Historical People

Of moose, apples and freedom fighters

When we came up to our country house this weekend, the apples were gone. Puts väck, as one says in Swedish. Where only last week our two apple trees had bowed under the weight of the as yet unripe but beautiful winter apples, now they stood denuded, not as much as a single apple on […]

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Not only tulips and chocolate sprinkles

Today, I thought I’d write something about the fishier aspects of Dutch history. I like the Dutch, I suspect I may be genetically predisposed to do so, seeing as my mother had a most romantic fling with a tall (they’re always so tall, these modern Dutchmen) Dutchman called Hank. And then, of course, there’s the

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When sitting in an armchair isn’t enough…

… I write. What I mean is that when it no longer suffices to sit and dream about travelling to other times, other places, I write about them instead.  A most economical and safe form of time travel. When I was a child, I ran around with a wooden shield and sword, pretending to be

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By the sea, by the beautiful sea

This post is my contribution to the Nautical Blog Hop, organised by Helen Hollick. Please do not miss out on all the other posts on this blog hop  – right at the bottom of this post you will find a list of all participants. Further to this, why not participate in my little give-away –

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Of the potato – the true gold of the Andes

I love them fried, I love them boiled, I love them very much when they are mashed. I like them new when they’re the size of quail eggs, I love them just as much when they’re covered with thick peel and are the size of a large fist. I like them red and yellow, blue

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Christina of Denmark – an exiled princess who never came home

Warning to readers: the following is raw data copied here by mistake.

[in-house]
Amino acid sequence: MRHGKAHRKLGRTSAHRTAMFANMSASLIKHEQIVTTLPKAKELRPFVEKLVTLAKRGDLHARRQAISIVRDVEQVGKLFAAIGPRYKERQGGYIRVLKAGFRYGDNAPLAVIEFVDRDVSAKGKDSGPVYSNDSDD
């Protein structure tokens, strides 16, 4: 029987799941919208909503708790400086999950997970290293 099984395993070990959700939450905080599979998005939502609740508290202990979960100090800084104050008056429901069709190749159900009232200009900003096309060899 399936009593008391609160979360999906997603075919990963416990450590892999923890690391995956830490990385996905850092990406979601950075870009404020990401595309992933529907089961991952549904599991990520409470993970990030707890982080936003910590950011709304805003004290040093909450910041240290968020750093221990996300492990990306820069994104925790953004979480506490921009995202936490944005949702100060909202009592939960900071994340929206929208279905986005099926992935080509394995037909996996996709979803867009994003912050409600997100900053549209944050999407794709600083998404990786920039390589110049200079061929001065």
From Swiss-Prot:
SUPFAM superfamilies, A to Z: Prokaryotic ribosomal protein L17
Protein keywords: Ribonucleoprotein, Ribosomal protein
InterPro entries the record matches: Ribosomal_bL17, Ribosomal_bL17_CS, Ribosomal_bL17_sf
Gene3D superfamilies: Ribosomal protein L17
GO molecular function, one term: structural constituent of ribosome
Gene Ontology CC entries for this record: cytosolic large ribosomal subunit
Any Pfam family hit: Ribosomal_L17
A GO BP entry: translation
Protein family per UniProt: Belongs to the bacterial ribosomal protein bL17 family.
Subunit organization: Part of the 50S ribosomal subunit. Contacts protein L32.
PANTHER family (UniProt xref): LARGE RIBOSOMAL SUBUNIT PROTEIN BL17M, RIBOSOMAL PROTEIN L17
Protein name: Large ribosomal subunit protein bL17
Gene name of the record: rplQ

“If I had two heads, I would gladly give him one,” Christina of Denmark is supposed to have quipped, when Henry VIII was proposed as a future bridegroom. This particular young woman had no desire to end up as one of the English king’s discarded wives – especially not as so many of them ended

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When greed meets gold – of Pizarro and Atahualpa

When Francisco Pizarro set foot in Perú for the first time in 1527, he’d already heard of the gold, as had his companions. “Biru”, people called this faraway kingdom where gold was as common as the cork oaks in Pizarro’s native Extremadura, and over time “Biru” became “Perú”. That first visit was more of a

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Mirror, mirror on the wall

Vanity is not one of the seven deadly sins. Fortunately, one might add, as this is a sin most of us are guilty of – on a rather regular basis. No? This doesn’t apply to you? Ha! Double ha! As to vanity not being a deadly sin, it does at times hover uncomfortably close to

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Of inbreeding, royal marriages and their ultimate consequence

In 1496, Princess Juana of Castilla, daughter of their most Catholic majesties Fernando and Isabel, married Philip the Beautiful, son of Maximilan I, Emperor of the Holy Roman Empire, scion of the Hapsburg dynasty. At the time of her marriage, Juana was not expected to inherit the combined kingdoms of Aragón and Castilla. She had

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My lady of Stockholm – a fighter in skirts

In November 1520, Lady Kristina Gyllenstierna was dragged before the victorious Danish king and given the choice of dying by burning at the stake or by being buried alive. Needless to say, this 25-year-old woman wasn’t too keen on either of the options. Besides, why should she be condemned to die, when all she had

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